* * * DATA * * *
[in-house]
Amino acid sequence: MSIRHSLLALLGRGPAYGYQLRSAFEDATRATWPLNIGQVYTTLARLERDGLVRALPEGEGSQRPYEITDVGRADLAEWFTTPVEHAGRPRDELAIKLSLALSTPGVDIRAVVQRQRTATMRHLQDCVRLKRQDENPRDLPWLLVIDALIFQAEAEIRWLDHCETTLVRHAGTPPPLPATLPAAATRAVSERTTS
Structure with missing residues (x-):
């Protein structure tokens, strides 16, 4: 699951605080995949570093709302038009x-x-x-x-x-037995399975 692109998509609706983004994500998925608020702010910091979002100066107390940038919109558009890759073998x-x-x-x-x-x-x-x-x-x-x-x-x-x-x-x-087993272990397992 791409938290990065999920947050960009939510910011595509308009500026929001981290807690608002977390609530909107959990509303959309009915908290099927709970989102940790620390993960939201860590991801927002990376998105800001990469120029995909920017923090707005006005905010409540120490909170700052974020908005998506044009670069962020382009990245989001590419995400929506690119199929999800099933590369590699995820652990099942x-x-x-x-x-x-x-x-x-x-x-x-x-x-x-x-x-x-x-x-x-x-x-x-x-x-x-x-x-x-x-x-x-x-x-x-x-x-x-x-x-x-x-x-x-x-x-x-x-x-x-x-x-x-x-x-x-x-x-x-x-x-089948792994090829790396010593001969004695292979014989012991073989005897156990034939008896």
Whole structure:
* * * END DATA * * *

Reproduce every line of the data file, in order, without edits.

[in-house]
Amino acid sequence: MSIRHSLLALLGRGPAYGYQLRSAFEDATRATWPLNIGQVYTTLARLERDGLVRALPEGEGSQRPYEITDVGRADLAEWFTTPVEHAGRPRDELAIKLSLALSTPGVDIRAVVQRQRTATMRHLQDCVRLKRQDENPRDLPWLLVIDALIFQAEAEIRWLDHCETTLVRHAGTPPPLPATLPAAATRAVSERTTS
Structure with missing residues (x-):
């Protein structure tokens, strides 16, 4: 699951605080995949570093709302038009x-x-x-x-x-037995399975 692109998509609706983004994500998925608020702010910091979002100066107390940038919109558009890759073998x-x-x-x-x-x-x-x-x-x-x-x-x-x-x-x-087993272990397992 791409938290990065999920947050960009939510910011595509308009500026929001981290807690608002977390609530909107959990509303959309009915908290099927709970989102940790620390993960939201860590991801927002990376998105800001990469120029995909920017923090707005006005905010409540120490909170700052974020908005998506044009670069962020382009990245989001590419995400929506690119199929999800099933590369590699995820652990099942x-x-x-x-x-x-x-x-x-x-x-x-x-x-x-x-x-x-x-x-x-x-x-x-x-x-x-x-x-x-x-x-x-x-x-x-x-x-x-x-x-x-x-x-x-x-x-x-x-x-x-x-x-x-x-x-x-x-x-x-x-x-089948792994090829790396010593001969004695292979014989012991073989005897156990034939008896």
Whole structure: